Can Lung Cancer be prevented?
Lung cancer is caused predominantly by smoking. One expert says that in the case of Small Cell Lung Carcinoma (cancer), it is almost always caused by smoking.
Lung cancer is called lung cancer because it begins in the lungs. The right lung has three sections, the left lung has two. Each section is called a lobe. Sometimes the term â¬Åbronchogenic cancer is used to refer to lung cancer as most lung cancers begin in one of the two breathing tubes, the bronchi, in the lungs.
A high intake of beta carotene compounds can lower your lung cancer risk; however, studies also show that the beta carotene is only effective when the compounds are ingested from whole foods such as peaches, melon, carrots, mangoes, dark leafy vegetables, squash etc. The opposite effect seems to take place with beta carotene supplements. A Finnish study reported 18% more lung cancer cases among heavy smokers who took beta carotene supplements. And a National Cancer Study on the effects of vitamin A and beta carotene was halted because smokers taking the supplements had 28% more lung cancer than those taking a placebo.
As is the case with most types of cancer, the treatment of lung cancer is pretty much planned based on the type of lung cancer, its size, the stage of lung cancer and your general health. The main treatments of lung cancer include chemotherapy and radiotherapy (and the combination of both is usually used). Surgical procedures are also used in some cases but again the suitability of surgery is determined by the doctor on the basis of a number of other factors. So, the best thing to do is avoid smoking and cut down your risk of lung cancer.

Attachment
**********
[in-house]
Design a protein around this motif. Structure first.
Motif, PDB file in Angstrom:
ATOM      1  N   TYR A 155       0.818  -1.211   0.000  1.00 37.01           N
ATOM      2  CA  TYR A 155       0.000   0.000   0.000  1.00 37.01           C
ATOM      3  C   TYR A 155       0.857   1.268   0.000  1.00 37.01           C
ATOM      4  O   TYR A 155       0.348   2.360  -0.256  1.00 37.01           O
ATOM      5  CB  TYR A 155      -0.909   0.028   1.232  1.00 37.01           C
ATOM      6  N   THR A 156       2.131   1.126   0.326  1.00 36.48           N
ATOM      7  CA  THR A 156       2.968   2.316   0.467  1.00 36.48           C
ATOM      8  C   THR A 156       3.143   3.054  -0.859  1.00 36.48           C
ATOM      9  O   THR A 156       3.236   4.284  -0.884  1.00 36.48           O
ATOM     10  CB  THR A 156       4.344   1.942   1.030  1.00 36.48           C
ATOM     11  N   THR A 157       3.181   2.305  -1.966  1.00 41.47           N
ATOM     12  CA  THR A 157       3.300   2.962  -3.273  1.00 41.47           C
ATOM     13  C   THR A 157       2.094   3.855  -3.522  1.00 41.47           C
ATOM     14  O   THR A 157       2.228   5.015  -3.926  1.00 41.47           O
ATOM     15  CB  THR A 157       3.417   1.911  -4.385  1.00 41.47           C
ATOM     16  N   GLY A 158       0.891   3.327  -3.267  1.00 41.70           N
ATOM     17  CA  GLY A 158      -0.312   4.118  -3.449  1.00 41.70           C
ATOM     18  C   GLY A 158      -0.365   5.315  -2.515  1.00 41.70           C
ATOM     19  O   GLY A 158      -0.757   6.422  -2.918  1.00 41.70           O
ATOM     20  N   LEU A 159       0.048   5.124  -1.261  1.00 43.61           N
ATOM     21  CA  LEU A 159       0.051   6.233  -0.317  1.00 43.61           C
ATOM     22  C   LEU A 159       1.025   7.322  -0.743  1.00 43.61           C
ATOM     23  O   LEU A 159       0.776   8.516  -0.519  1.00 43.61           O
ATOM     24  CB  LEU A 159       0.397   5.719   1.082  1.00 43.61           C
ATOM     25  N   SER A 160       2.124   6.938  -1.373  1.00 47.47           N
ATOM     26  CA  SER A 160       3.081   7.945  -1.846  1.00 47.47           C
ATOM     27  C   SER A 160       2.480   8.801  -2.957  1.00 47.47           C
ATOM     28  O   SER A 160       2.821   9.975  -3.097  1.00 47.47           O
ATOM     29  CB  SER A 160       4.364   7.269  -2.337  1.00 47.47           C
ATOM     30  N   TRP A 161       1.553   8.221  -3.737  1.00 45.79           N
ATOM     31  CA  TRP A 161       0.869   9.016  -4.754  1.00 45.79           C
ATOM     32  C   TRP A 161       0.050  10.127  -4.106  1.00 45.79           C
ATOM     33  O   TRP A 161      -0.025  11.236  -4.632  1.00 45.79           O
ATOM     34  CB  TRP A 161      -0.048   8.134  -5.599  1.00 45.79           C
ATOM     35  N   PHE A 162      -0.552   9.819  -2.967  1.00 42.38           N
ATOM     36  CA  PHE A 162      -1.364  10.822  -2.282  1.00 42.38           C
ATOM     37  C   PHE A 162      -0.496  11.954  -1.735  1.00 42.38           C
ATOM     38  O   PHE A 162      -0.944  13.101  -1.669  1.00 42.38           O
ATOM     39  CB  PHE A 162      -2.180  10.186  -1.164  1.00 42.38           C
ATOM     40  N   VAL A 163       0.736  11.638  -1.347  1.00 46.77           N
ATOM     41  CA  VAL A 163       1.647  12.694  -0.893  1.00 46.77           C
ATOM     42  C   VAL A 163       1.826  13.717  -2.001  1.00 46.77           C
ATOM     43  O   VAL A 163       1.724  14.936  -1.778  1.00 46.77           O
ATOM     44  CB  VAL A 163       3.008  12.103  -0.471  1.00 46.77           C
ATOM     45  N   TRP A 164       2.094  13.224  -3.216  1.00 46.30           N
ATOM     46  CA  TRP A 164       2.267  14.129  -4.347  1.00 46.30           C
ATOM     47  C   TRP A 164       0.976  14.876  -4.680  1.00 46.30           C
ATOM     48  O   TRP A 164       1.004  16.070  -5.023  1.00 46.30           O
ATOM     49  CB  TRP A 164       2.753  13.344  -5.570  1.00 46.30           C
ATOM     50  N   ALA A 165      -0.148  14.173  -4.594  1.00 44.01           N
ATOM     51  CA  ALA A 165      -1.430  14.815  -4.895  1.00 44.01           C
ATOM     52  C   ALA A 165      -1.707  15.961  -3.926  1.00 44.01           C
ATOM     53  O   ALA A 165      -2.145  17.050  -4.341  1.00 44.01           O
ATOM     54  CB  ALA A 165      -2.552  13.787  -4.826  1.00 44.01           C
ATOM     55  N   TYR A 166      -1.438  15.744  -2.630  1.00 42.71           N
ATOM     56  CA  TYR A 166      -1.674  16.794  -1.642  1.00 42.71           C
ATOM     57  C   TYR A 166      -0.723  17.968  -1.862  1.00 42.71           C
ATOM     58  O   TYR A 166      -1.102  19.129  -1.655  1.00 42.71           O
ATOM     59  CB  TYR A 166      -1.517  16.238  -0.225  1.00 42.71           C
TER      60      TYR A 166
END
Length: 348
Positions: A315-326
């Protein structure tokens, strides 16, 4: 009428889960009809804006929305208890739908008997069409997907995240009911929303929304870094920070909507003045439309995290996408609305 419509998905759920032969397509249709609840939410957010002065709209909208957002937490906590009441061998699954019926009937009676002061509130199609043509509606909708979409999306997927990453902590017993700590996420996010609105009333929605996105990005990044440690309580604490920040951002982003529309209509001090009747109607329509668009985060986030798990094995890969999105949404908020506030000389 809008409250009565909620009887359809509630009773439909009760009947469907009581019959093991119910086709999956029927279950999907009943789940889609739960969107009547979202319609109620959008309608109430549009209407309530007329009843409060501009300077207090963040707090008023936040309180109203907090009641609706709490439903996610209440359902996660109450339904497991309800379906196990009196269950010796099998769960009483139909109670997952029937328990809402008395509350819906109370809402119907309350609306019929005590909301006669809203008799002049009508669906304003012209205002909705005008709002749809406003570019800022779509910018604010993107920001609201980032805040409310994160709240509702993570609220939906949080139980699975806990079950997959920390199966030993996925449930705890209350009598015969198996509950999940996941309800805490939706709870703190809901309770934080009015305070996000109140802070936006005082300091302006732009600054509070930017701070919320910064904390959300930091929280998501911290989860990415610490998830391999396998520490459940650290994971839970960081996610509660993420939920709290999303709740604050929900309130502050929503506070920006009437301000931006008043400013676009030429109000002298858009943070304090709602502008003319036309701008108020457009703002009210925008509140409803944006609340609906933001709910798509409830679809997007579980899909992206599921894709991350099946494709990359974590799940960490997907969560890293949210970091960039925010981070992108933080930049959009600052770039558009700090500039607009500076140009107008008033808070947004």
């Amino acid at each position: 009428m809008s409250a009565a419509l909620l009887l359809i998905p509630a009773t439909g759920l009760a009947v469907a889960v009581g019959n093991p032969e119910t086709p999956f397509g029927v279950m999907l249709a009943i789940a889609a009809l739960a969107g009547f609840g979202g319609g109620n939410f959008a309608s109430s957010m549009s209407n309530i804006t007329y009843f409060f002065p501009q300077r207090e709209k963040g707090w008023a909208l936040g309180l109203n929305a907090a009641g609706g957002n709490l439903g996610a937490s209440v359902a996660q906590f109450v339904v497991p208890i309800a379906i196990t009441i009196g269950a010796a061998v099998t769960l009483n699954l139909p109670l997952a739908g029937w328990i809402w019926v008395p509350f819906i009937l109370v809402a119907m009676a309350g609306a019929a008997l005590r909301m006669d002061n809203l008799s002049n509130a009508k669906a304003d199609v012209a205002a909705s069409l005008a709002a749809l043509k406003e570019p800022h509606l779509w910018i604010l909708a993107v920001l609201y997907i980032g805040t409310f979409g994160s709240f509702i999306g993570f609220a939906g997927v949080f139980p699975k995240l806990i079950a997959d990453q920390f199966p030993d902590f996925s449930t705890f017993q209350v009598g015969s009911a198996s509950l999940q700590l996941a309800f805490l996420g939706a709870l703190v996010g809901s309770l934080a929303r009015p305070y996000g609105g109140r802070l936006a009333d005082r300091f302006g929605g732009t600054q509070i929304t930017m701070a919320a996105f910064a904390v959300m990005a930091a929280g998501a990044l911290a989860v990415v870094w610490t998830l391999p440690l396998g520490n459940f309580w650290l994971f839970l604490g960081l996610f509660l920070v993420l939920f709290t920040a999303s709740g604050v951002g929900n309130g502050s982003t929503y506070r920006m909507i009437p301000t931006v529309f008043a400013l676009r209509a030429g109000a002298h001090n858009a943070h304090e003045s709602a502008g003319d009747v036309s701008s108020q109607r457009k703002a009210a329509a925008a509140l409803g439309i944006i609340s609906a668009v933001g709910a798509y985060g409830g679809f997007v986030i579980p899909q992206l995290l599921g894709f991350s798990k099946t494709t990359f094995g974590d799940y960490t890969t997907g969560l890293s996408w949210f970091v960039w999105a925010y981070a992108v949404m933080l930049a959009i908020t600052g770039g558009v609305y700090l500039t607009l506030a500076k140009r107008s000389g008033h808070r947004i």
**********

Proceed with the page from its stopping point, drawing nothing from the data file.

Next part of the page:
There is another type, called mixed small cell/large cell lung cancer. In this type you can find both kinds of cells in the cancerous tissue. Besides these two types, there is another form of cancer of the lung area, called mesothelioma or mesothelioma cancer or cancer of the mesothelium. However, this is not considered a primary form of lung cancer, as its target area is not the lobes of the lung, but the pleural membrane covering the lung.
About 25 percent of people with lung cancer report no symptoms at the time of diagnosis. In the remainder, symptoms and signs vary, and may include breathlessness, a long lasting cough, coughing up blood, chest pain, wheezing, repeated chest infections, fever, and weight loss. A diagnosis of lung cancer is made on the basis of cell type, x-ray findings and symptoms. The cancer is then staged depending on the extent of its spread within the chest cavity and to other parts of the body. Treatment of lung cancer depends on the cell type and on the stage of cancer at the time of diagnosis. Treatment typically includes surgery, chemotherapy and radiation. Survival rates depend on the type and stage of lung cancer at the time of diagnosis.